Gitterman Gallery in New York presents Roger Mayne.

Roger Mayne was a British photographer who was probably best known for his work documenting the children of Southam Street in London.

Roger Mayne
Roger Mayne
Roger Mayne
Roger Mayne
Roger Mayne
Roger Mayne
Roger Mayne
Roger Mayne
Roger Mayne
Roger Mayne
Roger Mayne
Roger Mayne

Born in 1929, Mayne found an interest in photography though his studies in chemistry at Balliol College, Oxford University where he met Hugo van Wadenoyen. Hugo van Wadenoyen was a key figure in the new British school of photography that was moving away from the Pictorialism work that had been popular at that time. After graduating in 1951, Mayne began working as a freelance photographer contributing images to the Picture Post. In the early 50’s he made portraits of some of the St. Ives, Cornwall residents which was a prominent artist colony at the time. By 1956 he displayed one-man shows of his portraits at the ICA in the UK and at George Eastman House in Rochester, NY.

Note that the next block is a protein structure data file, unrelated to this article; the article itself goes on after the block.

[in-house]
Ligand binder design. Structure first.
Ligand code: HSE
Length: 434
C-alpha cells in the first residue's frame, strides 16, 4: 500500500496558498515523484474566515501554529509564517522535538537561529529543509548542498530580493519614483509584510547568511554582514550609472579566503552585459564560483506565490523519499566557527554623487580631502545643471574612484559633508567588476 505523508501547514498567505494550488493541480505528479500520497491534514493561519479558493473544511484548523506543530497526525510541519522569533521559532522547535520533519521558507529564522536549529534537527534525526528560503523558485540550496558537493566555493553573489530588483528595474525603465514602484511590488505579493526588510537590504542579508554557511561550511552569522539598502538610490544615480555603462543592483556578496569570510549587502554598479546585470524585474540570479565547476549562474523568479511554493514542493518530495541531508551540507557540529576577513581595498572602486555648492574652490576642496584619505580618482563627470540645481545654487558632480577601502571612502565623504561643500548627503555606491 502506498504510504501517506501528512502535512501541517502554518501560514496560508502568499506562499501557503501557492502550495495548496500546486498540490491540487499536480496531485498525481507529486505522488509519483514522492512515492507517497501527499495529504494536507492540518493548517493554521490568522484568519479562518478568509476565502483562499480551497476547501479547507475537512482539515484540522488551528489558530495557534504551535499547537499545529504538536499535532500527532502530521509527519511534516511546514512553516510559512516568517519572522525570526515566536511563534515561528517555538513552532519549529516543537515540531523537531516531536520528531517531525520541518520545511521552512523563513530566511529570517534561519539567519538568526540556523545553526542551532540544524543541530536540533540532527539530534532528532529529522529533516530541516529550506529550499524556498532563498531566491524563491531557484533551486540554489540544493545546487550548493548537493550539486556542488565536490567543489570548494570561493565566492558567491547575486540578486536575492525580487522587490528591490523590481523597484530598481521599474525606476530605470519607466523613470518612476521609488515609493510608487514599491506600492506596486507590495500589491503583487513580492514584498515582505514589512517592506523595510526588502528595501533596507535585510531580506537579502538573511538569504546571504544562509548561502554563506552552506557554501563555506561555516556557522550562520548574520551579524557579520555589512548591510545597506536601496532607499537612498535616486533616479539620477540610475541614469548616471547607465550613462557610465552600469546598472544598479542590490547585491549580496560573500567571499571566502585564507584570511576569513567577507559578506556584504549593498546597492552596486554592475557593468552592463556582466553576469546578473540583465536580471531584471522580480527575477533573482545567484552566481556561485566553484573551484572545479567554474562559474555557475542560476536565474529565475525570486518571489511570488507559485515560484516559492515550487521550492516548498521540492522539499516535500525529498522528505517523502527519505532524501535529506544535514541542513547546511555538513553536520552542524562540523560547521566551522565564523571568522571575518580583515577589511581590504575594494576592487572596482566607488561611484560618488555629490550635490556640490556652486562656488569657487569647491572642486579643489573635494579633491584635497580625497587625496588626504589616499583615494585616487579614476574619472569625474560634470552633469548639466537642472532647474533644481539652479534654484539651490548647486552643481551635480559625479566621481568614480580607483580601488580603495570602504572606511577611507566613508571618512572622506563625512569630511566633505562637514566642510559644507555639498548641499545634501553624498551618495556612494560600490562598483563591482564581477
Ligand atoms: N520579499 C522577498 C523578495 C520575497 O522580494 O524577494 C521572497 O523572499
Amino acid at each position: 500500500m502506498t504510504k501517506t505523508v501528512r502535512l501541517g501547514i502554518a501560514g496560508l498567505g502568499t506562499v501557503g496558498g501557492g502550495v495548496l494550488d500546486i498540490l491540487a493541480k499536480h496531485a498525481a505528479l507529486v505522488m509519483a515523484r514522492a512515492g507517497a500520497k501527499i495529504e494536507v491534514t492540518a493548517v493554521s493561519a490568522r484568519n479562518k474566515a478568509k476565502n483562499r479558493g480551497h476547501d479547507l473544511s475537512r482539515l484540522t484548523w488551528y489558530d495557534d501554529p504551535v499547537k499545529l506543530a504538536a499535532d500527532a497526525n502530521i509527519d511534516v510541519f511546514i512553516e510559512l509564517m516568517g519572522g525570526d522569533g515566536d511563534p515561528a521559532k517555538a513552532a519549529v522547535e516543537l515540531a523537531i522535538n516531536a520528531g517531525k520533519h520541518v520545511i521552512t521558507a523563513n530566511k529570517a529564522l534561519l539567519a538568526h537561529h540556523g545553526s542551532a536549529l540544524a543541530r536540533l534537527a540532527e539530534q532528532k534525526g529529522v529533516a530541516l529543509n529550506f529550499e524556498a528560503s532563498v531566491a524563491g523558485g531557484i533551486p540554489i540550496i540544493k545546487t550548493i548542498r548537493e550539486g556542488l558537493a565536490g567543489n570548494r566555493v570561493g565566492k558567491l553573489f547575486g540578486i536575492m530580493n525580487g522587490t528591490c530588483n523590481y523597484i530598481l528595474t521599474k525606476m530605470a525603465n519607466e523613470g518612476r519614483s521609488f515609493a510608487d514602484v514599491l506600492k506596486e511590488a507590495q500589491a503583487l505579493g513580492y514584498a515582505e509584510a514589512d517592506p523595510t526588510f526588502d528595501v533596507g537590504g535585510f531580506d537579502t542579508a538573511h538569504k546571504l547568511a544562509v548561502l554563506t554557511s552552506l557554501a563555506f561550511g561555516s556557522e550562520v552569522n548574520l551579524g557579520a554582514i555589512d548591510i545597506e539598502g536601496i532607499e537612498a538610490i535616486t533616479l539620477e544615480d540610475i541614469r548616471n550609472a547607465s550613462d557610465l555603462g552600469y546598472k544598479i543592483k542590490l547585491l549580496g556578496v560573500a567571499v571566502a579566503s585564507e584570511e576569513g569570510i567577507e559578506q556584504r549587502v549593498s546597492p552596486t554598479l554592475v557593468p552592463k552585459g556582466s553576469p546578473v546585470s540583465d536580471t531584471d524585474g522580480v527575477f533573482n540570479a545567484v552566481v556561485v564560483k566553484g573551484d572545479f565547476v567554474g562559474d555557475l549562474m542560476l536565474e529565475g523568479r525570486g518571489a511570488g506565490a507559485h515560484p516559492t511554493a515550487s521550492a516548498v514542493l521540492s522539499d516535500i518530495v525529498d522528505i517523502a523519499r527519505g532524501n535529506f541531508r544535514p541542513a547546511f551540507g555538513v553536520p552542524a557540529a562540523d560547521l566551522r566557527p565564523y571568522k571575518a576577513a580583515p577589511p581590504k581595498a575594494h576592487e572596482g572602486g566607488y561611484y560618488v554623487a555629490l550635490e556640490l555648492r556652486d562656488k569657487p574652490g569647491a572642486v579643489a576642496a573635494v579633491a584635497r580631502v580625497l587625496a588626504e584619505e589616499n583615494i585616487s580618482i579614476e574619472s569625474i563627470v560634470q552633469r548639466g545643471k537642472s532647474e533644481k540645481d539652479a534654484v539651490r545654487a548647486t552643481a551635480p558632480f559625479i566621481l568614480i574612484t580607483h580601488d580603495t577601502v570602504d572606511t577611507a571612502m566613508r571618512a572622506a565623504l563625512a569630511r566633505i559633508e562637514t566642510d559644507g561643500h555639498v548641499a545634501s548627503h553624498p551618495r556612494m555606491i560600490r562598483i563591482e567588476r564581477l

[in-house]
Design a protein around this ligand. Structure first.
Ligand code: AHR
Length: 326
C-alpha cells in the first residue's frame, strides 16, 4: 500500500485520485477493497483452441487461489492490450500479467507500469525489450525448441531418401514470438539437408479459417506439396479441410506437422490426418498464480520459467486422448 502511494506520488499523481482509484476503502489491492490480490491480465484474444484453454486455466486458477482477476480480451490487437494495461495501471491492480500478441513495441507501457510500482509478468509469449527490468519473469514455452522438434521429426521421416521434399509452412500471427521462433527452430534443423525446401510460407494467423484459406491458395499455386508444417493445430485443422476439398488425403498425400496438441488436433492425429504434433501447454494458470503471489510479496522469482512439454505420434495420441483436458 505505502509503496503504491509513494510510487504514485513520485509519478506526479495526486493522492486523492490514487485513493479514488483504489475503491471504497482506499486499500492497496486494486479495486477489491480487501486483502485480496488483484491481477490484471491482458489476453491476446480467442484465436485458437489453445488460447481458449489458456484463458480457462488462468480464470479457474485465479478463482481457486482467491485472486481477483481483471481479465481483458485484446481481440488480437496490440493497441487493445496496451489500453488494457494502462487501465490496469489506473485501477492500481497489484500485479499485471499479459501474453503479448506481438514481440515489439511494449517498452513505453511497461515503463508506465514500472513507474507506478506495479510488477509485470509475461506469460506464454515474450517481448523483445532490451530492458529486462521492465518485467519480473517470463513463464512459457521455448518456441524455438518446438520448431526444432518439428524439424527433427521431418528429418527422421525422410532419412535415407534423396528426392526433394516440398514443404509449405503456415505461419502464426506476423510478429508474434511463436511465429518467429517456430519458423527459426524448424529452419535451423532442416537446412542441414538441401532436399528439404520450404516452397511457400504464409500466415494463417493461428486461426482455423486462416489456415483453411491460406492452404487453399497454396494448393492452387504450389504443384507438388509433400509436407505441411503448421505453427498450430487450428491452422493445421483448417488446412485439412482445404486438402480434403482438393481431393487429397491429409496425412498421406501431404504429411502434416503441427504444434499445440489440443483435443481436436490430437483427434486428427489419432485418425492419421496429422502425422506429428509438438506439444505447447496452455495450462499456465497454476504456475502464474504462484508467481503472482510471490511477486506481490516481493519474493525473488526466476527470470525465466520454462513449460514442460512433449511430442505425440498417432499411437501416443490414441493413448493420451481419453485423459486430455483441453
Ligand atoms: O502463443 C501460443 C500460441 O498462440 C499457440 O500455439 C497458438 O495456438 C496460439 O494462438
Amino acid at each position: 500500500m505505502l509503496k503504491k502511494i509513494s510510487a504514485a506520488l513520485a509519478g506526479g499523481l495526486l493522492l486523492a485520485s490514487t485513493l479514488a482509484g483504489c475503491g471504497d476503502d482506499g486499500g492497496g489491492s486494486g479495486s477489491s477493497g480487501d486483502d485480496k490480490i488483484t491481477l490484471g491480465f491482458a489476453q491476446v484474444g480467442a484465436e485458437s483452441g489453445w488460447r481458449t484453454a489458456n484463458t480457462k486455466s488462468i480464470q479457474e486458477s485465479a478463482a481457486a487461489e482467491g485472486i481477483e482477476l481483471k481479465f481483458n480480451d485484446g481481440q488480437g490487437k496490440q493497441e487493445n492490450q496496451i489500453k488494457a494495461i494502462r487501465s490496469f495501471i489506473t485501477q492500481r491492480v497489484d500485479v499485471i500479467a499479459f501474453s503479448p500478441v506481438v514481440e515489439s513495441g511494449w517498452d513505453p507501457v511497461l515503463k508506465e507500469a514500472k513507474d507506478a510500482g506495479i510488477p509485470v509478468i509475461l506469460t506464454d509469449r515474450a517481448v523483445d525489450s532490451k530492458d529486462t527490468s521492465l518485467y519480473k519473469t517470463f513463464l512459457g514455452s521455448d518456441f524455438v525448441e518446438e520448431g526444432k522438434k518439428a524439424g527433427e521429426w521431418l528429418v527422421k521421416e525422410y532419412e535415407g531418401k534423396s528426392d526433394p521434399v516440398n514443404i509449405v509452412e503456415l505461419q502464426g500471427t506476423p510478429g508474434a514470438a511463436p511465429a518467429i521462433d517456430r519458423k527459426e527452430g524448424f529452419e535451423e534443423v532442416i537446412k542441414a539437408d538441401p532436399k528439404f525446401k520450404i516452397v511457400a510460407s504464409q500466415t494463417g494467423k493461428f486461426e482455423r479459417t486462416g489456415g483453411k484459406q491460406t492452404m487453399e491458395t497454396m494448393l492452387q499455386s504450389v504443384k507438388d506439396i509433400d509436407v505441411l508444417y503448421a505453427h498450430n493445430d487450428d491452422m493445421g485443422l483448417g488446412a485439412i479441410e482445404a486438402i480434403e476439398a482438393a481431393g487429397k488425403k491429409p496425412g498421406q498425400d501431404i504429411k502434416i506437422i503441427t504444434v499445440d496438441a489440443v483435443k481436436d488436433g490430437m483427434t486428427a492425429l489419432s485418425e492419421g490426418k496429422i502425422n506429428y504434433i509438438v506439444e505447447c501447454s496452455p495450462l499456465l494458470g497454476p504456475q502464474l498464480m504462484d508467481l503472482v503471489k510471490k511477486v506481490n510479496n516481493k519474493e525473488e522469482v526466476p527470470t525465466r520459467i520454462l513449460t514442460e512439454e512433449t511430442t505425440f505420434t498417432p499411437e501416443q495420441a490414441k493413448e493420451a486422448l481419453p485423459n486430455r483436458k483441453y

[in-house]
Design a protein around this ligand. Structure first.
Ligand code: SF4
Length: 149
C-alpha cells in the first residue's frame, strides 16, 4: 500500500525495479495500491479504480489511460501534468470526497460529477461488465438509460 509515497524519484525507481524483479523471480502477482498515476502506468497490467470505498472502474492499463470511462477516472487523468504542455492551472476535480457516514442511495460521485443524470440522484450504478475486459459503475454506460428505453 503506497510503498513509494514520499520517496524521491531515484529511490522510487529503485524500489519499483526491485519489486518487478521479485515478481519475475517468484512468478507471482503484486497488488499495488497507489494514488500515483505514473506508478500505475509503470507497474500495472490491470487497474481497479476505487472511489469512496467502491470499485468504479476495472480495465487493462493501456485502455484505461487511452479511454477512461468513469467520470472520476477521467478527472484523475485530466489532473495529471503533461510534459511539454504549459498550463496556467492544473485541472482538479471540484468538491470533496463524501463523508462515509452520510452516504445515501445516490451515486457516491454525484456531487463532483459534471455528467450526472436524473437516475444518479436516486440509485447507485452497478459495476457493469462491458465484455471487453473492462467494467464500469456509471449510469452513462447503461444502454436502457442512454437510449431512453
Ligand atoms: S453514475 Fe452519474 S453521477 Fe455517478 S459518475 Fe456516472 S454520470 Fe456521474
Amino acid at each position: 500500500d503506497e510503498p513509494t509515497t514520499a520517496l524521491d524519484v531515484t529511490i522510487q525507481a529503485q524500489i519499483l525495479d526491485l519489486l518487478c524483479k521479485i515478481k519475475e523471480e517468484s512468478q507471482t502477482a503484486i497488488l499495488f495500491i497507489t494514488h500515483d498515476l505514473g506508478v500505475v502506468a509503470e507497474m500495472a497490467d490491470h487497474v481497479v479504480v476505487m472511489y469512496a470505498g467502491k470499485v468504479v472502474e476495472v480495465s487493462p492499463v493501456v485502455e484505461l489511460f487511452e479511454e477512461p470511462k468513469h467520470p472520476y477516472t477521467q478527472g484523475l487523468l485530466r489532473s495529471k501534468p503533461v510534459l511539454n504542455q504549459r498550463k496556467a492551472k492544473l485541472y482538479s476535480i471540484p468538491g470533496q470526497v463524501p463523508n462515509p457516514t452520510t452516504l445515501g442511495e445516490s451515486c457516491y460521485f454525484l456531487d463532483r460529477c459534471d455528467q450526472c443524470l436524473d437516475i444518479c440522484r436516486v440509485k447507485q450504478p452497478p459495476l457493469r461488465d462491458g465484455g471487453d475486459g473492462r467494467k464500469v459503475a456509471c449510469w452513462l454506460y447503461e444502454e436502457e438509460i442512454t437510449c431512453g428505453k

From 1955 to 1961, Mayne began working on a personal project producing street photographs on Southam Streen in Notting Dale (now part of Notting Hill). One of these images became the cover shot for Colin MacInnes’ Absolute Beginners (1959) which is set in the same area. This body of work is what Mayne is probably most noted for. Most of the collection is now held by the Victoria and Albert Museum in London.

Southam Street was largely demolished in 1969 in the building of Trellick Tower. By the 1990’s Mayne’s work experienced a new genearation of interest from pop-singer Morrissey. Morrissey used Mayne’s images extensively for stage backdrops, record sleeves and advertisments.

Roger Mayne continued his career working in color and shooting covers for Sunday Times and Observer. He passed away in 2014 leaving an important legacy of work. He is an essential historical figure in street photography and social documentary and one of the prime English figures of the genre.

Gitterman Gallery in New York will feature Roger Mayne on view until January 23, 2016.

41 East 57th Street New York, NY 10022